I’m a young professional and homeowner who lives in the North End with my Manchester born & raised partner of 9 years, along with our wonderful 4-year-old adopted golden retriever. I made my way to Manchester full-time after graduating from Worcester Polytechnic Institute. Before that I was a military brat, moving to a different state or country every 2 to 3 years for my father’s job in the Air Force.
Manchester Planning Board since 2020, serving as Chair since 2021
Current jobSenior Software Engineer at Fidelity Investments
Time lived in NHManchester resident for just over 6 years full-time
BS in Computer Science and International & Global Studies (WPI 2017 dual major)
MS in Systems Engineering (WPI 2020)
Why are you running for this office?
While living here in Manchester, I’ve gotten increasingly involved in the community. I currently serve as Chair of the Planning Board and have been on the Board for over 3 years total. I love this city and can see its immense potential. I also see the work that we need to put in if we want to turn that potential into our reality. That’s why I’m running: To use what I’ve learned and get to work making this place better for all of us. Improving our transportation infrastructure, building more affordable housing, and addressing the mental health and energy crises are all necessary and interrelated efforts. We need leaders who are willing to take bold actions in order to build a better Manchester for every one of us who calls this city our home.
What qualifies you as the best candidate for this office?
What candidates running for office in Manchester for races (other than your own) do you support?
I support the ability of Ward 1 voters to make their own decisions about who they in turn will support for public office. While I have my own preferences, my focus is on serving the community to the best of my ability. If you agree with what I stand for then I’d greatly appreciate your vote.
What are your thoughts on and plans for addressing homelessness?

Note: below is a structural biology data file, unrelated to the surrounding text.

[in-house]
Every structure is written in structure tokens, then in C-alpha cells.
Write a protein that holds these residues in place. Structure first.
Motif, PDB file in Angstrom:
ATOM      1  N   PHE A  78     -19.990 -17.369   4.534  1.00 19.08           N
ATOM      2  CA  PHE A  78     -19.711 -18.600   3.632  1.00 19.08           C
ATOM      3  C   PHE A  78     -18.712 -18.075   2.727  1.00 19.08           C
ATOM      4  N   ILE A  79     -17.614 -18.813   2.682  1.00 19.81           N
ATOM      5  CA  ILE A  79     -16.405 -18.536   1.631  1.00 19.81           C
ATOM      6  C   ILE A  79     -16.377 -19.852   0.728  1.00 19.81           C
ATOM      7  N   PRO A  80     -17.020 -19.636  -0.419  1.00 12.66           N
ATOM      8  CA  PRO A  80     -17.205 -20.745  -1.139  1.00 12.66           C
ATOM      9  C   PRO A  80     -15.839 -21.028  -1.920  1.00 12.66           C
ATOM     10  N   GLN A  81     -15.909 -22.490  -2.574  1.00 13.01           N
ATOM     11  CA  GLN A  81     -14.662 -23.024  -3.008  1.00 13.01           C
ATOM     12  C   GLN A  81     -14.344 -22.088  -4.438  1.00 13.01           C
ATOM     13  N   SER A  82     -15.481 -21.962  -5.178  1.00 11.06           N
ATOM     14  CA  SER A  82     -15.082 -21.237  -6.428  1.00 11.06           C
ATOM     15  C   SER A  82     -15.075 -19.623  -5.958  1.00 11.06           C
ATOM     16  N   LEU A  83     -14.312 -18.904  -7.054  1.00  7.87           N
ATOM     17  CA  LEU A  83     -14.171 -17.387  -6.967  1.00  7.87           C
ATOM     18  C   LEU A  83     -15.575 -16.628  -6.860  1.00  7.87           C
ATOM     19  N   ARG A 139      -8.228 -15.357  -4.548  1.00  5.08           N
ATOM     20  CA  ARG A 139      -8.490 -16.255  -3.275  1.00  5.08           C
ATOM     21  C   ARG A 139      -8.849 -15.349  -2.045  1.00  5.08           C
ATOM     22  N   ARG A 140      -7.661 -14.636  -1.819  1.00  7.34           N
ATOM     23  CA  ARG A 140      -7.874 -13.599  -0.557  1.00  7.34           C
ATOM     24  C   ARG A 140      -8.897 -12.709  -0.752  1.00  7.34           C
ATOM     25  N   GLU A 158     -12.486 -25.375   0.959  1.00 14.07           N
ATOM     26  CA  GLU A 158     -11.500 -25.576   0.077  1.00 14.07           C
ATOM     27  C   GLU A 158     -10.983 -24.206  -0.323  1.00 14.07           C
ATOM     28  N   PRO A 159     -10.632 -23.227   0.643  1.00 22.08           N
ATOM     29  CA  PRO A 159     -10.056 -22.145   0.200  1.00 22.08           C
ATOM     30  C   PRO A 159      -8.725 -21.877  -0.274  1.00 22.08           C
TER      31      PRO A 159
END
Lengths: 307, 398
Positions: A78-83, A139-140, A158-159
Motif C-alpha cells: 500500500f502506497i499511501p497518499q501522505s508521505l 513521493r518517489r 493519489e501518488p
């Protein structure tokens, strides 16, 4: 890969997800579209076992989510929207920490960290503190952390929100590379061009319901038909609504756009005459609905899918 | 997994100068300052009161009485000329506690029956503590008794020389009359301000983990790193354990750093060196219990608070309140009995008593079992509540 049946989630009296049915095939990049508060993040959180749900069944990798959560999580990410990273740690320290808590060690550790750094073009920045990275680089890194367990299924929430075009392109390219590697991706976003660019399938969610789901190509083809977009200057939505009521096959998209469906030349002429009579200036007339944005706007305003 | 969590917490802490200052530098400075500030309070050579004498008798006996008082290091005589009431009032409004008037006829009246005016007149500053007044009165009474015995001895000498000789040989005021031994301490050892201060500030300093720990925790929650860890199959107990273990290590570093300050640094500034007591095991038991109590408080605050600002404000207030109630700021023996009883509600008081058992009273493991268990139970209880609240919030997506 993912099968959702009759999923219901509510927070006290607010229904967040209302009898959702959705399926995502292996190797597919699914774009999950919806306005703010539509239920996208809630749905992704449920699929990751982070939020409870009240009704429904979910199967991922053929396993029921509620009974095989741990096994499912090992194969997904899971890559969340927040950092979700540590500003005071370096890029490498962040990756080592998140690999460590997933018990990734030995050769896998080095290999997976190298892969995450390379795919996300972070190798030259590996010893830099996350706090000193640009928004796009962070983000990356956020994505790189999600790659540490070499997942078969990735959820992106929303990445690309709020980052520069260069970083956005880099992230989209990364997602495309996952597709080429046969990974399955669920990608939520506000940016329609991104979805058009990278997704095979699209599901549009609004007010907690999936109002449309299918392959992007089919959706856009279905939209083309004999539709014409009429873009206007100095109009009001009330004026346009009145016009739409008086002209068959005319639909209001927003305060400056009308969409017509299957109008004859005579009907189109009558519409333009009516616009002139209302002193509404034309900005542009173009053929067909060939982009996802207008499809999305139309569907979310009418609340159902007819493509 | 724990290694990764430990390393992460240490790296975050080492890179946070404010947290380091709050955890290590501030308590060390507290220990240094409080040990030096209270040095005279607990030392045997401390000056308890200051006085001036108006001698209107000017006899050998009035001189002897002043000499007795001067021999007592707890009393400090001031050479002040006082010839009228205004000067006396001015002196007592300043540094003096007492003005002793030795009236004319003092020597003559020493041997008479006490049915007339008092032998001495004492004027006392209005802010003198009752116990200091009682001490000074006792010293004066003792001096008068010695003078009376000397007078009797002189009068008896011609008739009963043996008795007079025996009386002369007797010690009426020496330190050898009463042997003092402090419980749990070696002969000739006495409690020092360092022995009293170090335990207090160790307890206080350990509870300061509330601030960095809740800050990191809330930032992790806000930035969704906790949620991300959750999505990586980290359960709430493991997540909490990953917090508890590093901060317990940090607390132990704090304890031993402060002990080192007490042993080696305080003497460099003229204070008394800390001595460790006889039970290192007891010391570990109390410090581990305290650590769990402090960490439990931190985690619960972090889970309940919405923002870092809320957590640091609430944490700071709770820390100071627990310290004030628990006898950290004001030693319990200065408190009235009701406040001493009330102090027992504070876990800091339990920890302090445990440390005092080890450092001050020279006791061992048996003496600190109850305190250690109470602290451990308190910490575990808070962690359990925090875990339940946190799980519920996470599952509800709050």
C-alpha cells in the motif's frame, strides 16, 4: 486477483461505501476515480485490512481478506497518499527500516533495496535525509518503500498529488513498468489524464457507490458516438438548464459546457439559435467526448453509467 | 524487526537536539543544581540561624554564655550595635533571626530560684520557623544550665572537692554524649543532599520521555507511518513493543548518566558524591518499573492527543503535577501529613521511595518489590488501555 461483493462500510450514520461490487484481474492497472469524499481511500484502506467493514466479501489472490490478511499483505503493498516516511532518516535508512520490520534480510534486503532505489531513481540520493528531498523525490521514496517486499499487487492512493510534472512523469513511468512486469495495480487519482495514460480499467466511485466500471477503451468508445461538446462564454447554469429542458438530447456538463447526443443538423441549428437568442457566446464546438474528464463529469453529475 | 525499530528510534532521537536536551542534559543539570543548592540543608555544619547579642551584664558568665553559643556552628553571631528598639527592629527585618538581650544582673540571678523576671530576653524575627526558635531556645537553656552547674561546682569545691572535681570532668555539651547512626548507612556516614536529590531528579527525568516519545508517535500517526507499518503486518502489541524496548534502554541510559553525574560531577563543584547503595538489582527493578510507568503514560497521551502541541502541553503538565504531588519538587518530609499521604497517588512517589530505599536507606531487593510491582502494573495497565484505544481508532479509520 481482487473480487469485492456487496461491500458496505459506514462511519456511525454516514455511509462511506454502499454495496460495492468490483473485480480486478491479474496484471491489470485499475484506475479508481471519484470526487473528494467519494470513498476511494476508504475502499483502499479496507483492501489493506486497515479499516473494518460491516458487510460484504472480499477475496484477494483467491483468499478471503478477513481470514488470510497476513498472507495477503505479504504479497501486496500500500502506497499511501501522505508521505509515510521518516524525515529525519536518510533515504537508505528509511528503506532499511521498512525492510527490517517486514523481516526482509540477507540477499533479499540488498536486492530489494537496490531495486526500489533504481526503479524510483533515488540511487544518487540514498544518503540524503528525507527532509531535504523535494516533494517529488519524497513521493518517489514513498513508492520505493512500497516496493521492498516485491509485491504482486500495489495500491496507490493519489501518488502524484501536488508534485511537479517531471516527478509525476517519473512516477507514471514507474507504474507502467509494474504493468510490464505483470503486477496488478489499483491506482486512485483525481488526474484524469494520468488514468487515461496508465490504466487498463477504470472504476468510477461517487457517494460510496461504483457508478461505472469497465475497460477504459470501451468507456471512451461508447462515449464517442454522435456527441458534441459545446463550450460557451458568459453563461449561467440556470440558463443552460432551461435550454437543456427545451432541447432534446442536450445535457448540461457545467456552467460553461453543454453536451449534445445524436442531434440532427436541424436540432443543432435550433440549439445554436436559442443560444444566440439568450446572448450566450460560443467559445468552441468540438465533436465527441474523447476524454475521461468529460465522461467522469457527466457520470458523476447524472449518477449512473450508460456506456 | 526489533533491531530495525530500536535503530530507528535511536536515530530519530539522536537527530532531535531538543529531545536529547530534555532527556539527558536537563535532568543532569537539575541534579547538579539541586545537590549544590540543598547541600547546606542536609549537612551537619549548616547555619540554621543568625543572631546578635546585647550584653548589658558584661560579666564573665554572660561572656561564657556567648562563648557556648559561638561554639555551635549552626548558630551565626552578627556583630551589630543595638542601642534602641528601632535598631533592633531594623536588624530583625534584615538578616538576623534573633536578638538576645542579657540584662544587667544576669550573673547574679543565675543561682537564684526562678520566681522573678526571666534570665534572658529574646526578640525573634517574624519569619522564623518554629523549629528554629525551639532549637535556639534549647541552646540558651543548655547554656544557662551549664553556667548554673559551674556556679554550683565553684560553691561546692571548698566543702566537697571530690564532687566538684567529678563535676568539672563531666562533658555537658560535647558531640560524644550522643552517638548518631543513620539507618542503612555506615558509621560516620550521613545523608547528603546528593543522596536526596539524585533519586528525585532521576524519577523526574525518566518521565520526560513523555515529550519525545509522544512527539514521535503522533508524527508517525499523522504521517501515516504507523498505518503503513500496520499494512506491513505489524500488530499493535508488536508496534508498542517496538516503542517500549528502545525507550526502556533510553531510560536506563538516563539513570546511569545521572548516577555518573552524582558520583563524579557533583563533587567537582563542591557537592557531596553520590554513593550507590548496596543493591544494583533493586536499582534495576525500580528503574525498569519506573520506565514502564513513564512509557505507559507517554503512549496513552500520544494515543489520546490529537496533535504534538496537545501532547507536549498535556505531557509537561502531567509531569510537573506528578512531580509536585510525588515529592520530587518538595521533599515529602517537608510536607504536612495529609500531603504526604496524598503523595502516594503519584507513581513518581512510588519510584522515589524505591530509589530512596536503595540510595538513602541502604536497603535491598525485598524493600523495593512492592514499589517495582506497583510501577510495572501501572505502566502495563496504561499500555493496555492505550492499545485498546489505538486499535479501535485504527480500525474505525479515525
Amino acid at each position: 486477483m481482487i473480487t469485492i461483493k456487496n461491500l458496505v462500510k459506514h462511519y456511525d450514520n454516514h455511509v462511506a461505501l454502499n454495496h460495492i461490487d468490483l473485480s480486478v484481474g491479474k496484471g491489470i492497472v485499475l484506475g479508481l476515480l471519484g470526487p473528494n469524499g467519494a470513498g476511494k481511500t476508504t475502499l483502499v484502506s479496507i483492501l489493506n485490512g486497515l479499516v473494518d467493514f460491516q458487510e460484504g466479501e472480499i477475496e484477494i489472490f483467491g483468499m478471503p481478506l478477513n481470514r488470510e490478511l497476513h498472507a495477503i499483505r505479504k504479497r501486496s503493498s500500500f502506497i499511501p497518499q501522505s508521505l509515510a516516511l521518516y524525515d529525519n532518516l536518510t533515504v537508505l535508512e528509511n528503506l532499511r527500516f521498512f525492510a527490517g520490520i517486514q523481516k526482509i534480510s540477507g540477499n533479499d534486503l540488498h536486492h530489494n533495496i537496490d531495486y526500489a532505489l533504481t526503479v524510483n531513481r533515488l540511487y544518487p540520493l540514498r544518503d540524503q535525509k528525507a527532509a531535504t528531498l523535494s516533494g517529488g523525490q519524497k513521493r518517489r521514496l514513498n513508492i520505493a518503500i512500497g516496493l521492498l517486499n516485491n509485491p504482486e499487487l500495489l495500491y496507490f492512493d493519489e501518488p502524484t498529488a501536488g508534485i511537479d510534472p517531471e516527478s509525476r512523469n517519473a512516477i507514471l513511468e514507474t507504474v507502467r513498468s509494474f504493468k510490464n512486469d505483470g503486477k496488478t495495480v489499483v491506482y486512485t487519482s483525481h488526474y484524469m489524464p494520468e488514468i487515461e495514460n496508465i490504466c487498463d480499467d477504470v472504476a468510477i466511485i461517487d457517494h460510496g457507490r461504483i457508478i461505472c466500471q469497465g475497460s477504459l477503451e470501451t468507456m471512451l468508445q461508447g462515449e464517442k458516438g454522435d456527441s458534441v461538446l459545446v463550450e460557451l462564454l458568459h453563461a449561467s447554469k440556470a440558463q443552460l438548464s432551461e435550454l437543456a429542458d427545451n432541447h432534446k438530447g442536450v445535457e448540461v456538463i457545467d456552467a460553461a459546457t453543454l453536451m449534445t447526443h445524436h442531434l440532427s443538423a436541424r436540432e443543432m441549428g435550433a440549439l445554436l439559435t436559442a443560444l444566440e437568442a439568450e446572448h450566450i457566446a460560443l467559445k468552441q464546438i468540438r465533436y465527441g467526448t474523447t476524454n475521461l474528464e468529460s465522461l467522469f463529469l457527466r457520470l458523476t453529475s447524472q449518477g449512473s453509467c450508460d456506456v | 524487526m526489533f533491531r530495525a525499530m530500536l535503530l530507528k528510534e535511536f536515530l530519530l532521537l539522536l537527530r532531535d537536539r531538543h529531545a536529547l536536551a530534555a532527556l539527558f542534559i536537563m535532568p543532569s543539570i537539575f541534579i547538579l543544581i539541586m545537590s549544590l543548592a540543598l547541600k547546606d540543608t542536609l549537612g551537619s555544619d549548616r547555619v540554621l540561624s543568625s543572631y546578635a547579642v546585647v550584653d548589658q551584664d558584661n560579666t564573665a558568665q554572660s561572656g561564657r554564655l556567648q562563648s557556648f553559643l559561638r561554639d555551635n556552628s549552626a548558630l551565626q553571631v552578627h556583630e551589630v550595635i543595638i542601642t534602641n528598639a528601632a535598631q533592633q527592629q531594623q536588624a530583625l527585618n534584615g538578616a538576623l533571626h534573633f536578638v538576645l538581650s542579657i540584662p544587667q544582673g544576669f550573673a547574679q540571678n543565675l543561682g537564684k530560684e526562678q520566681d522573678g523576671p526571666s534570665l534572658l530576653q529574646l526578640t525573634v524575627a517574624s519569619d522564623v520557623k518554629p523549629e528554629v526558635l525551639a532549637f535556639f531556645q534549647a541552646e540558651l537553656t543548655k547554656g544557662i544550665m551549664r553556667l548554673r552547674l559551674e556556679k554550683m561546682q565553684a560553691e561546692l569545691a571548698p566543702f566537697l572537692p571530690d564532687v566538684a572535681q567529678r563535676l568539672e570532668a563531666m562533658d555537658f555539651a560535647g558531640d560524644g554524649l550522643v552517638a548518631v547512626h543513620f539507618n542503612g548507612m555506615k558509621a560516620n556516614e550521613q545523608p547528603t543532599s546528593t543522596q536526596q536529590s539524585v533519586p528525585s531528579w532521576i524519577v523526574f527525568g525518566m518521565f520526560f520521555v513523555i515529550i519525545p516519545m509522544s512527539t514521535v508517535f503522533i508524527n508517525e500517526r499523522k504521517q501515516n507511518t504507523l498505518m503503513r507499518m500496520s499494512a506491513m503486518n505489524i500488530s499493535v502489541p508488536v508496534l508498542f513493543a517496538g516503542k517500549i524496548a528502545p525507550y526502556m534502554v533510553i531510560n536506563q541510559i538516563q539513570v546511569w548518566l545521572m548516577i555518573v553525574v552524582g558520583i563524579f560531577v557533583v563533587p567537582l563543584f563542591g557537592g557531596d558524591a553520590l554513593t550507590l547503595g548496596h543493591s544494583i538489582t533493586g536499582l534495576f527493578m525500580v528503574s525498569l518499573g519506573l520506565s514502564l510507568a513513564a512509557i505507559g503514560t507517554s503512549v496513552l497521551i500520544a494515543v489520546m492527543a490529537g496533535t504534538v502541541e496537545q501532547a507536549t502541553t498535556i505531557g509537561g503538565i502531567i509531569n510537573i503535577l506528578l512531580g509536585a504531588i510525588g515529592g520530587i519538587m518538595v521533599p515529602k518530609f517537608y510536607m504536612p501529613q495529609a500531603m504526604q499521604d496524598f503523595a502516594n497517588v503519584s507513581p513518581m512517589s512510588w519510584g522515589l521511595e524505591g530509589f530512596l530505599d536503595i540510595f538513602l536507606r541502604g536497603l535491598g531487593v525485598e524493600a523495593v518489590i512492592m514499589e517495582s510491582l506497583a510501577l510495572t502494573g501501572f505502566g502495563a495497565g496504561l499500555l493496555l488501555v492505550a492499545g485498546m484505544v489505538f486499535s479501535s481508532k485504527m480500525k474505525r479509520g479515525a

Homelessness is a complex statewide issue that has severe local implications for public health and safety in Manchester. It’s clear that more must be done to improve housing stability in our community. While we would benefit from more help from the state level, in the meantime we have to do what we can at the local level to help those in need. Thankfully, Manchester has a proud history of reimagining public safety as an extension of public health. The recently retired Safe Station program is one great example. Our neighbors who struggle with homelessness or substance use disorder need social support, not criminalization. The way out of these overlapping crises is to expand the range of housing assistance, substance abuse treatment opportunities, and mental health services available to those who need it most in our community. And as your Alderman, that’s what I’ll strive to do.
What are your thoughts on housing costs and plans for addressing those concerns?
At this point, everybody can see that there’s a serious housing shortage here in Manchester. We’re all feeling the crunch in one way or another and know folks firsthand who have been negatively impacted. I want to flip the script and achieve housing abundance in our community, while also preserving important features that make neighborhoods like those in Ward 1 so great. As your Alderman, I’ll take an all-of-the-above approach to building more homes of all kinds so that more people can live in the type of housing that’s right for them and their families. This includes supporting new mixed-use development and office space conversions that deliver a more walkable and livable urban core. Accomplishing that will require the Board of Mayor & Aldermen to modernize our planning and zoning ordinances so that they better suit our needs, something I’ve become greatly familiar with in my time on the Planning Board. I’ll also work to expand legitimately affordable housing opportunities by investing a greater share of city funds into the existing but under-utilized Affordable Housing Trust. We have to take a multi-prong approach in order to address both housing supply and affordability.